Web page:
When Australia became a Federation in 1901, the Senate was created with the intention of allowing each original state (NSW, Vic., Qld, WA, SA and Tas.) to be equally represented.
The electors in each state and territory elect a number of people to represent them in the Senate. Each state has an equal number of senators.
Initially, there were six senators elected from each state, giving a total of 36. There have been three increases in the size of the Senate since Federation. Legislation passed in 1948 increased the number from 36 to 60 (i.e. 10 per state), in 1974 from 60 to 64 when the ACT and the NT each gained two senators, and in 1983 from 64 to 76, i.e. 12 per state and two per territory. Changes took effect at the elections that followed.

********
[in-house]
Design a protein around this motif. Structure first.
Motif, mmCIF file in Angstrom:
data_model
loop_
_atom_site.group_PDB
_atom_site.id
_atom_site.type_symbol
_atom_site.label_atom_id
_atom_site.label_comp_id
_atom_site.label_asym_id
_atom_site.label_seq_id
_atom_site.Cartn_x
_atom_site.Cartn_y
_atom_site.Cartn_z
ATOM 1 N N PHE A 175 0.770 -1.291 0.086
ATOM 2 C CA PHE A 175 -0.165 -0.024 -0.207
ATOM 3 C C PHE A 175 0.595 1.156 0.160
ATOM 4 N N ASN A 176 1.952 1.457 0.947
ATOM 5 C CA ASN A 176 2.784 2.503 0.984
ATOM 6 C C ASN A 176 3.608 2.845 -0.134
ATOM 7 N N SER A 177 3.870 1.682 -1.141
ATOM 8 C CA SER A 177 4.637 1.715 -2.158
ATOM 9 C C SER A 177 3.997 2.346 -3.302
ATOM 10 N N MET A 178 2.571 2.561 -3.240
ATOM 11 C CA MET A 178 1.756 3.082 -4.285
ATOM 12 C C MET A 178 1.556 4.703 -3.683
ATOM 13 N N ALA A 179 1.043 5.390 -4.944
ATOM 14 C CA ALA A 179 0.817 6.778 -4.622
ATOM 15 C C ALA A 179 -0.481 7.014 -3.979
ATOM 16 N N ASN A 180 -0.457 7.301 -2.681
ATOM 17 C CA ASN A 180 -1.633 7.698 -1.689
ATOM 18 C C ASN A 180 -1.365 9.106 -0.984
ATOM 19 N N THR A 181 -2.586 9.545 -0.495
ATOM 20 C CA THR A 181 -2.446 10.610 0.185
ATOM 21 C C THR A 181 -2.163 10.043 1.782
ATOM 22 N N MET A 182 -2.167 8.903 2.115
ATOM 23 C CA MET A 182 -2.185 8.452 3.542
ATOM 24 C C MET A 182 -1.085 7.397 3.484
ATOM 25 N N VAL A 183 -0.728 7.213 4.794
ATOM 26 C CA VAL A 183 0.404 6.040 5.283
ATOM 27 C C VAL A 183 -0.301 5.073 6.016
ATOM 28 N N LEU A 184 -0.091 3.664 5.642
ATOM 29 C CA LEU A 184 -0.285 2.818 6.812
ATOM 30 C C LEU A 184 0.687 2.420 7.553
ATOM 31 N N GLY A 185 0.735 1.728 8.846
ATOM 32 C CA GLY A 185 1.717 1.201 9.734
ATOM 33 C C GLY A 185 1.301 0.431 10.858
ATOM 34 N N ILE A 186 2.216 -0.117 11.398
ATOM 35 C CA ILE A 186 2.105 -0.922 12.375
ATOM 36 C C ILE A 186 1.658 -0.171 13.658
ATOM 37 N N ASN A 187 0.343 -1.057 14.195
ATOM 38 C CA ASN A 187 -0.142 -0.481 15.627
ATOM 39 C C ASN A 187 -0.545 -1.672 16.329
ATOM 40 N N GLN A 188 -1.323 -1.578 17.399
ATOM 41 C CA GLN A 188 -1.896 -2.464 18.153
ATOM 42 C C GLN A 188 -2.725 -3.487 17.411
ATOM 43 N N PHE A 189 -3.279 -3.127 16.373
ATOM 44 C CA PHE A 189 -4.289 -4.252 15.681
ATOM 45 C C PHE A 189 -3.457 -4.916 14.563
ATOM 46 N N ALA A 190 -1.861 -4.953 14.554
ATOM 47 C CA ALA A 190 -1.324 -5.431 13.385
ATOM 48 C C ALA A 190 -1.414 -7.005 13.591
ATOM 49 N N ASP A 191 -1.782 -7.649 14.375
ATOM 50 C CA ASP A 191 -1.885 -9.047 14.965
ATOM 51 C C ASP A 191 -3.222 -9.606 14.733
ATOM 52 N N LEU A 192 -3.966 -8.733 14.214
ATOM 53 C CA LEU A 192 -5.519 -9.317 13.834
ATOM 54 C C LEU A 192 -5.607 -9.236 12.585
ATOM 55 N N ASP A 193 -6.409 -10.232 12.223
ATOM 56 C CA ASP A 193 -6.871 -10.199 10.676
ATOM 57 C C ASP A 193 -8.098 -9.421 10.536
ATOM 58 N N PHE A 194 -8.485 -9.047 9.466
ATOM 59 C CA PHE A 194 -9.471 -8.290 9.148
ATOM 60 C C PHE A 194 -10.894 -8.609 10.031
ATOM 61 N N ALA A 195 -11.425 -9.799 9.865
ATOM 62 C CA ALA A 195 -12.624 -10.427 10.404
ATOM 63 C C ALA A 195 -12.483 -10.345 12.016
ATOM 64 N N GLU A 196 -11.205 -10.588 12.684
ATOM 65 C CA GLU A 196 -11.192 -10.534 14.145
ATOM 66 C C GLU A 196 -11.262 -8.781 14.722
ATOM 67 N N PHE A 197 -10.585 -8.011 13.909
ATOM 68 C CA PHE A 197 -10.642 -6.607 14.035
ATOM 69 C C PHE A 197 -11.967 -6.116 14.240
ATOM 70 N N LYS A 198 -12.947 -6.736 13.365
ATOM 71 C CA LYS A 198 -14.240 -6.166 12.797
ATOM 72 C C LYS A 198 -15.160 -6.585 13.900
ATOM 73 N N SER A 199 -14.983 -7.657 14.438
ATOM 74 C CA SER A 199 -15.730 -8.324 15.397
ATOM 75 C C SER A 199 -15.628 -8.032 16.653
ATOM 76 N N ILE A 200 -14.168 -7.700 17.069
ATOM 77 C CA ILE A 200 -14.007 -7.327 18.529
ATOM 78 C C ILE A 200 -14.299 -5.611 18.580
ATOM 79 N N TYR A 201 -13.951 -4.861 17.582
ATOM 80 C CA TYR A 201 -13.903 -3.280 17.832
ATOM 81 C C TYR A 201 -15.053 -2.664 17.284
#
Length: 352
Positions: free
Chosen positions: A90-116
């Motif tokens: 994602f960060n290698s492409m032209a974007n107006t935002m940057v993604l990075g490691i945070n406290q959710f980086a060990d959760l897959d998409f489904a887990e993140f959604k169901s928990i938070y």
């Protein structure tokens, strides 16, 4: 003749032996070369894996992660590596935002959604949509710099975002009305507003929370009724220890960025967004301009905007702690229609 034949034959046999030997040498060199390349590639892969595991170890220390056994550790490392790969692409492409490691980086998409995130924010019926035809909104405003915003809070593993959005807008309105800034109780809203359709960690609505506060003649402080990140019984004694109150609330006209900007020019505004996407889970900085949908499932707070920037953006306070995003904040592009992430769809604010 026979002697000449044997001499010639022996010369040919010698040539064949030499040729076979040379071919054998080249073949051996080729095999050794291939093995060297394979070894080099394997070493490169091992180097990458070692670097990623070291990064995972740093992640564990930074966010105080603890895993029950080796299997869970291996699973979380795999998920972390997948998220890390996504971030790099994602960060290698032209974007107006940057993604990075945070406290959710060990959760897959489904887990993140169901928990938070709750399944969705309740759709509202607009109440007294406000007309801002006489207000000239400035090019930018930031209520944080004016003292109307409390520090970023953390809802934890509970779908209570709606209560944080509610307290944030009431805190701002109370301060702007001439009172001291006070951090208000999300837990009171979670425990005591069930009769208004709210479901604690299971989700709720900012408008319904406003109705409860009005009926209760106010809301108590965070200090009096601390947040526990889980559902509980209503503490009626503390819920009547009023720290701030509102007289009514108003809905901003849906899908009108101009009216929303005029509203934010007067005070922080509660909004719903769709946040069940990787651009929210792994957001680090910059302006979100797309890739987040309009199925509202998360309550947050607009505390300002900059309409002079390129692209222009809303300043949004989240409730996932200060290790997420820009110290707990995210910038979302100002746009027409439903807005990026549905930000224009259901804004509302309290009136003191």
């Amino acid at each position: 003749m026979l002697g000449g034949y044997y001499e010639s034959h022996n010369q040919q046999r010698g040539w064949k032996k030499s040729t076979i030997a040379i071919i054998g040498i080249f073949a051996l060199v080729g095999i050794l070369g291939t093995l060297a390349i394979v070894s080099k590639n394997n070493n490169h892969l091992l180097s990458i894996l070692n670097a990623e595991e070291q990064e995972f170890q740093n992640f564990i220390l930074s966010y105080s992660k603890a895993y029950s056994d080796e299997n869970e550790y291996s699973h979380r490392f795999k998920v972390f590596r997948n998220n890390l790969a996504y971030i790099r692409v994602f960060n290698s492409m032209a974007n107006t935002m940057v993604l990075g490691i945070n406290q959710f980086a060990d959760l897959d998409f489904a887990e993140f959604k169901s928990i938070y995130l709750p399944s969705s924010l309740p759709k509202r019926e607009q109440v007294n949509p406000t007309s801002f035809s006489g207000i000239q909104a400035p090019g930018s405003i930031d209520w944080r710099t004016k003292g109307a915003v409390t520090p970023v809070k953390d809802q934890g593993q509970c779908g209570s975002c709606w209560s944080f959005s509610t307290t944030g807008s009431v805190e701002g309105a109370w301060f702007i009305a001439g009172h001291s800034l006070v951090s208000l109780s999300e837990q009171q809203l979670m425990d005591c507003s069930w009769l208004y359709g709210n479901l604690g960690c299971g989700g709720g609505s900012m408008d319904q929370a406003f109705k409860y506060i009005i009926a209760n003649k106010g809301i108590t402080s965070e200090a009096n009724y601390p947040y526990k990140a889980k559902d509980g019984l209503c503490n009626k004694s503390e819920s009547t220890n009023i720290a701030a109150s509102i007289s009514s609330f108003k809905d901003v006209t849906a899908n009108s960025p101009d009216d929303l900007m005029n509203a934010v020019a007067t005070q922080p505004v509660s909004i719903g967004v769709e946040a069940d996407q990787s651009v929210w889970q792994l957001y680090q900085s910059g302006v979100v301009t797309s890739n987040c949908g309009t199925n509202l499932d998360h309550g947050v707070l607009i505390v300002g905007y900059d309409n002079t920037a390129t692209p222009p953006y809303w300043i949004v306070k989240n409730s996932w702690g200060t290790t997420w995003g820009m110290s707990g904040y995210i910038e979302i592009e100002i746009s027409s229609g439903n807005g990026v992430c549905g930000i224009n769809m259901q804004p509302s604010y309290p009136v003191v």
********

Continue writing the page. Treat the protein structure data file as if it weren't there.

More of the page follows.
Senators for each state are elected for six–year terms on a rotating basis, with half the senators retiring every three years(or facing a half–senate election). The terms of senators representing the ACT and the NT commence on the day of their election and expire at the close of the day immediately before the polling day for the next general election of members of the House of Representatives. The election of these senators is held at the same time as every general House of Representatives election.